An approximately 75% of cases where young women have problems with menstruation due to late puberty, PCOS is often diagnosed. Irregular, infrequent or absent periods, or periods with heavy flow and unbearable pain, are all variations of the problem. Sometimes PCOS presents itself much later in life when a woman of childbearing age stops using contraceptive pills and finds herself having very long cycles or no cycles at all, and is unable to conceive.
Polycystic ovary syndrome (PCOS) is a complex syndrome that includes problems with a woman’s menstrual cycle (length, intensity), her ability to have children, her hormone levels, and her appearance (excessive hair growth on the chin and cheeks, acne, weight gain, baldness).
The symptoms of PCOS can vary from woman to woman, with some women suffering more than others. Symptoms can include any of the following:
• Infertility due to lack of ovulation (PCOS is the most common cause of infertility); Anxiety; Depression
• Menstrual irregularities: irregular or absent menses;
• Heavy menstruation (especially if periods are late);
• Painful menstruation or pain during ovulation, bleeding in the middle of a cycle;
• Pelvic pain (distention, heaviness, stabbing pain);
• Physical changes (often occurring at a later stage but not always): increased hair growth
Traditional Chinese Medicine for PCOS
Chinese medicine has studied polycystic ovaries since ancient times. There are many ancient and modern text books which mention abdominal masses (ie polycystic ovaries), along with scanty menstruation and absent or delayed menstruation.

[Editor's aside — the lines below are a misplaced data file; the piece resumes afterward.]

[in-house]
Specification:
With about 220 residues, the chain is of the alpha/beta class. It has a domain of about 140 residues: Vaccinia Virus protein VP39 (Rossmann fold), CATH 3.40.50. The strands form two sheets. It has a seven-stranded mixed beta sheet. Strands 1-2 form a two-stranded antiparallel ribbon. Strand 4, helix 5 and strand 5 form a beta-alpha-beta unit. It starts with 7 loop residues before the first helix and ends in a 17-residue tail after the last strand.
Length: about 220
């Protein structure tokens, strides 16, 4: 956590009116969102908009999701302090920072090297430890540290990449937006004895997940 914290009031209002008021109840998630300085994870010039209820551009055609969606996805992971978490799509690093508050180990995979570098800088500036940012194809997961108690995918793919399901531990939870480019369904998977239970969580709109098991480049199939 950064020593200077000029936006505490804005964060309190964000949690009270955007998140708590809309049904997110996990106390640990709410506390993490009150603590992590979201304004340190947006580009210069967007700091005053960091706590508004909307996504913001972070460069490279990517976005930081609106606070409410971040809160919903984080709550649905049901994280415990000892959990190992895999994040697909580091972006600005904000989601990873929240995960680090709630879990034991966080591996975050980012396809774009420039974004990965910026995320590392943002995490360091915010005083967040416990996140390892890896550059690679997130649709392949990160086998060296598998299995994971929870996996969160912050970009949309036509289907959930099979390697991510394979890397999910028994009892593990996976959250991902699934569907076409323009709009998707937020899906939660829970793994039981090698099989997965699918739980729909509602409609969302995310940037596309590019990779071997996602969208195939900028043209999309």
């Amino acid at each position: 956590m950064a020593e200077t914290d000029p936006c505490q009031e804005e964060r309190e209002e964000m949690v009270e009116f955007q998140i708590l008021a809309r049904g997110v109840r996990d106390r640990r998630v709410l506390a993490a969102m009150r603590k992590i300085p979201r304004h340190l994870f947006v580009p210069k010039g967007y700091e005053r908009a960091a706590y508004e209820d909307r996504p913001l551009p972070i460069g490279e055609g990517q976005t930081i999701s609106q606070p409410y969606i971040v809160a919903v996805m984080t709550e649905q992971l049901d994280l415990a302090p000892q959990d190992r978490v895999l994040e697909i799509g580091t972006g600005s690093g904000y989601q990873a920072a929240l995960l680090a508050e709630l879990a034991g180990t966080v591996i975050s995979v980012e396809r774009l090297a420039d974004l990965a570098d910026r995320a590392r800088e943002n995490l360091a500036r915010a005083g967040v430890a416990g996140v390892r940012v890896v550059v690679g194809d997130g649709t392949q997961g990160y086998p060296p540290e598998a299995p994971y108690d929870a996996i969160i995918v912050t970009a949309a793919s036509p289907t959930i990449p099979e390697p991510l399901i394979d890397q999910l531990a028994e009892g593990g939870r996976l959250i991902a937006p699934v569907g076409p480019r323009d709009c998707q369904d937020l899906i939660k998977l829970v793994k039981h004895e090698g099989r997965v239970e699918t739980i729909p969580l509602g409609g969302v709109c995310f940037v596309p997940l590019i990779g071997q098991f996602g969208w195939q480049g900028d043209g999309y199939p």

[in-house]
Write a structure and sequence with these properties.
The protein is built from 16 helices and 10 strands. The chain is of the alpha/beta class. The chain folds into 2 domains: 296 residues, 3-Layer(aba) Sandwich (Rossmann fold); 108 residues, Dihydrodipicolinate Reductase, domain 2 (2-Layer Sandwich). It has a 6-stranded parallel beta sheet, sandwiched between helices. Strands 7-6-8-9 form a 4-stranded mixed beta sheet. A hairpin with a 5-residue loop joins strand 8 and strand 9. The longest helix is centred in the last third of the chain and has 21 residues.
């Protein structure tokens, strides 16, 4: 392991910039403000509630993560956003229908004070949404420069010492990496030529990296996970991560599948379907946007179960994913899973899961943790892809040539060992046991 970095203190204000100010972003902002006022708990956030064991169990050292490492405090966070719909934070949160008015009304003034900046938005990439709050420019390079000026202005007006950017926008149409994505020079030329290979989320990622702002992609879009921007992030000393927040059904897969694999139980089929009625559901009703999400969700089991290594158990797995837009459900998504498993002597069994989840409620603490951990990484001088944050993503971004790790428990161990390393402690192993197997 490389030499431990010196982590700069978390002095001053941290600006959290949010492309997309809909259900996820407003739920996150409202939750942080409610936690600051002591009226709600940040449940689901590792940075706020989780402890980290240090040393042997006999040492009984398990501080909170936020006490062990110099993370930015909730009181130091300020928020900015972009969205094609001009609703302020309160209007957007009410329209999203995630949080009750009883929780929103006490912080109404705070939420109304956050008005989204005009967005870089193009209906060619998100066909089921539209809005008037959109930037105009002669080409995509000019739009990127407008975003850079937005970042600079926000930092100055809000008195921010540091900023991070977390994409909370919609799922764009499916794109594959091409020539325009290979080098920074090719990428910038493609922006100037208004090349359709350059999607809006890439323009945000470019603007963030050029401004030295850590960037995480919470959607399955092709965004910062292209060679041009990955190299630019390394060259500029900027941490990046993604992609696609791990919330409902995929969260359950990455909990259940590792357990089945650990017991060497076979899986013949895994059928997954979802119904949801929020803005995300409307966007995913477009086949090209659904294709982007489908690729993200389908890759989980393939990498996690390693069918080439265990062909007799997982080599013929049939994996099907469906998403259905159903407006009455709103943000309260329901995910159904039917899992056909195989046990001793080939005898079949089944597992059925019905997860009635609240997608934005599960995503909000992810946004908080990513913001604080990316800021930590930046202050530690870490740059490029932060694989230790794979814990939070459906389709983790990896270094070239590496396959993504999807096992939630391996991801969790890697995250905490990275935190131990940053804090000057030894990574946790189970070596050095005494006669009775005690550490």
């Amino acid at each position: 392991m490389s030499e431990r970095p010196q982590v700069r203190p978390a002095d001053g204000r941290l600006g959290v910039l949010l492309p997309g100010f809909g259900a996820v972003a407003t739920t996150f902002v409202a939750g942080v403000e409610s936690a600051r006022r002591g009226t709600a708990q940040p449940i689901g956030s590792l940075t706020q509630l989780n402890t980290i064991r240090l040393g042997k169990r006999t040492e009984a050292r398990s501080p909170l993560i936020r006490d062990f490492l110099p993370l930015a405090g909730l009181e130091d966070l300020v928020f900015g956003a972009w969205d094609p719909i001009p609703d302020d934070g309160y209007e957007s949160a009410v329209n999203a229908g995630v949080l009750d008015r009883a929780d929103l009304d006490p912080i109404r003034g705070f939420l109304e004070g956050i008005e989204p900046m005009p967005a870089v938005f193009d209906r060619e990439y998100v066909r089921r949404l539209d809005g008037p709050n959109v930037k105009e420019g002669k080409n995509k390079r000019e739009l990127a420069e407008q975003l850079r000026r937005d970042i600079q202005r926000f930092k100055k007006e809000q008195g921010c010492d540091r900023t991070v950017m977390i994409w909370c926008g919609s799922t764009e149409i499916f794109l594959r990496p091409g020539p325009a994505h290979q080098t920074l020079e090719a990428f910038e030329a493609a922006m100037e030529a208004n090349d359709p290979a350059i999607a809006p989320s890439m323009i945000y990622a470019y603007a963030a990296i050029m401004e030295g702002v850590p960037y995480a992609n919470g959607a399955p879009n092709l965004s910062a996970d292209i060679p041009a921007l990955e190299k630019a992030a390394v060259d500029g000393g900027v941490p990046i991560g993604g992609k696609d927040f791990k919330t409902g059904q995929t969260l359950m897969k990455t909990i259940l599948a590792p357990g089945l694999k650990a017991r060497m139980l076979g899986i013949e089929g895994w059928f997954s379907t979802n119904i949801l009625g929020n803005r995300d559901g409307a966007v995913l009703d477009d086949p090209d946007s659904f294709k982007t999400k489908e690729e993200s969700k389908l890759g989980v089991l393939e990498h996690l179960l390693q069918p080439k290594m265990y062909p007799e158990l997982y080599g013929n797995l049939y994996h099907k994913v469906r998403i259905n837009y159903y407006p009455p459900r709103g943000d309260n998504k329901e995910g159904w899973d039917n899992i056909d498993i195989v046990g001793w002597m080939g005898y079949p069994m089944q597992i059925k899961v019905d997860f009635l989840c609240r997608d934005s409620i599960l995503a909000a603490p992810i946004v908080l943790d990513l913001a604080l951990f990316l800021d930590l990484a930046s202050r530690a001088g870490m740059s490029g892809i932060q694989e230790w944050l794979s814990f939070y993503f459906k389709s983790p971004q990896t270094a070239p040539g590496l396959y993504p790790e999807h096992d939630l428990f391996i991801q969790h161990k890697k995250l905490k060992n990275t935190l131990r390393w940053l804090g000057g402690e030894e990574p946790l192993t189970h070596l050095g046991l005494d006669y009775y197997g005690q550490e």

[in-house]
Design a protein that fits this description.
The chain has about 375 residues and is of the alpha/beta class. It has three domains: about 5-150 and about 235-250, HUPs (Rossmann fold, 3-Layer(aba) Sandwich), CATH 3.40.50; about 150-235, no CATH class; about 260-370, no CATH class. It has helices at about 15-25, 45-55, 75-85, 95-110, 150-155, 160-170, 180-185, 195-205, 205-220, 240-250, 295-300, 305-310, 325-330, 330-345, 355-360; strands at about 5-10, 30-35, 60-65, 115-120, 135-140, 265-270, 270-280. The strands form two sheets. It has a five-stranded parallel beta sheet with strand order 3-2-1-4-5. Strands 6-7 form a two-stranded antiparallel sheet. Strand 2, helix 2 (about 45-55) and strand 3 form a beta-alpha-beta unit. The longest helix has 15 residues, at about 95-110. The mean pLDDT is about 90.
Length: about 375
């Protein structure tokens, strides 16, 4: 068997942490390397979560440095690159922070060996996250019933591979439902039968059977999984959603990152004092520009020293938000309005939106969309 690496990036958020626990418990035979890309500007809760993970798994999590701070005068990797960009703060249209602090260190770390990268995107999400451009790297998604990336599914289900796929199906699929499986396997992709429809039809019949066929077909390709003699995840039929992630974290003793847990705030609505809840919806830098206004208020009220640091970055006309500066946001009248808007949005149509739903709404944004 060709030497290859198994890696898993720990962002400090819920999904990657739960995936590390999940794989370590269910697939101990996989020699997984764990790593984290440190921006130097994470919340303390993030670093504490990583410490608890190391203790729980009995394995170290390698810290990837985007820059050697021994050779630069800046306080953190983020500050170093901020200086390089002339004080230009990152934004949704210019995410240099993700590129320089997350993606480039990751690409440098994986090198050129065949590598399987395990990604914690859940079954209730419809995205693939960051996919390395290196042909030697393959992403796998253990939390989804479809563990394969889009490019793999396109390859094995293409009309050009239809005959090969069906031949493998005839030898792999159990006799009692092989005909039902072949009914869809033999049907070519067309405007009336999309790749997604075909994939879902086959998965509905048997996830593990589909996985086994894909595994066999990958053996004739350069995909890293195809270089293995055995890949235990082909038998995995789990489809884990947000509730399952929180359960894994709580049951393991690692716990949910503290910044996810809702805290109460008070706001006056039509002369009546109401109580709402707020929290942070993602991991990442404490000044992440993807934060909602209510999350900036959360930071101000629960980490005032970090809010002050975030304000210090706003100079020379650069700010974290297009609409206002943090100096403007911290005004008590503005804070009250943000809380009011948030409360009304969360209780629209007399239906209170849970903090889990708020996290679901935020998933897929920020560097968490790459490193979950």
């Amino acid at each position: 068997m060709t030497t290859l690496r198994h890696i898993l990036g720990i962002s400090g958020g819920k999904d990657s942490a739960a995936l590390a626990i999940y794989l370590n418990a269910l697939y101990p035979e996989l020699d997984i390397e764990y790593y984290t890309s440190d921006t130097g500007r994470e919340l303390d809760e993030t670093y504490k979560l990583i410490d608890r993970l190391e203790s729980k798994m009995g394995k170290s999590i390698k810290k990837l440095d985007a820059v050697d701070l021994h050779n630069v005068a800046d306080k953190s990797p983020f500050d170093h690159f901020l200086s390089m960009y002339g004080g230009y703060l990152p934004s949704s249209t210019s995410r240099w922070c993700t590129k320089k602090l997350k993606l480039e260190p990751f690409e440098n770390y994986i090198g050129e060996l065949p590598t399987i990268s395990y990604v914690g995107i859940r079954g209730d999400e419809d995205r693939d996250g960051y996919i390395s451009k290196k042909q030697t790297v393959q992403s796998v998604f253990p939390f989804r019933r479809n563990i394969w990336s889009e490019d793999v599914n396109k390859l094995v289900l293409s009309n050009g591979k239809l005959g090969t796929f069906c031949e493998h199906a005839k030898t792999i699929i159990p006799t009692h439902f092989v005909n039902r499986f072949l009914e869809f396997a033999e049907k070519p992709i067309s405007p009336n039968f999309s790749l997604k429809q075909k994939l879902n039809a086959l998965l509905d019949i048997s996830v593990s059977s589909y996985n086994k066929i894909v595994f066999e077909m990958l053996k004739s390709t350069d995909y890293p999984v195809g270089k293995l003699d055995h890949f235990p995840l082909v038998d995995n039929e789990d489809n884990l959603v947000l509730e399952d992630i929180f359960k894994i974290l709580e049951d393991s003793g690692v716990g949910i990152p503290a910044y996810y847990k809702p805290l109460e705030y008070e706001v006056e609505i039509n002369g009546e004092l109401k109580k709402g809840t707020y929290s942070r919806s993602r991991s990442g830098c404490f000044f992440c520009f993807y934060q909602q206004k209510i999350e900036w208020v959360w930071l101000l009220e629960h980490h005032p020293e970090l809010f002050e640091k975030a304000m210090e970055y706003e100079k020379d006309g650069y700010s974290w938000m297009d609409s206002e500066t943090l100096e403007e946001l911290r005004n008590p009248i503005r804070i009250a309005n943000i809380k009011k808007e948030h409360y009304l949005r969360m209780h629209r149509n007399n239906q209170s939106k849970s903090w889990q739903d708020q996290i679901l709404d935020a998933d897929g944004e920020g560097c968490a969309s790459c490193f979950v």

According to Traditional Chinese Medicine theory, organs involved with PCOS include the Spleen, Kidney and Liver, with a subsequent disharmony of Chong and Ren channels / meridians.
In my Traditional Chinese Medicine practice, the condition known as PCOS has become a very common diagnosis. I see young women diagnosed with PCOS who are quite thin, have no facial or body hair growth, and suffer from very painful menstruation that is relieved by the application of hot pads. These women tend to feel more chilly, especially around the time of their periods.
Other women, also diagnosed with PCOS, have very irregular periods occurring only 4 or 5 times a year, but with a heavy and debilitating flow. They most often come to me for help because they have been trying unsuccessfully to get pregnant for a couple of years. Some mature women come because of persistent, painful acne and later find out they have PCOS.
Chinese medicine views PCOS as a complex combination of different patterns. Ovarian cysts are seen and treated as an accumulation of ‘phlegm damp’ in the uterus, enlarging the ovaries. This pattern is often accompanied by blood stagnation that is responsible for painful menstruation (stabbing pain) and dark, scanty, thick blood.
At the root of the disease is a kidney deficiency (hormonal imbalance), and a spleen qi deficiency (digestive problems) which causes accumulation of dampness. Very often a liver qi stagnation, worsened by years of stress or frustration, is added to the mix.
To effect complete recovery from PCOS, Chinese medicine uses herbs and acupuncture to regulate menstrual cycles, improve digestion, dissolve cysts, promote ovulation, improve egg quality, support conception and prevent a miscarriage when a pregnancy is achieved.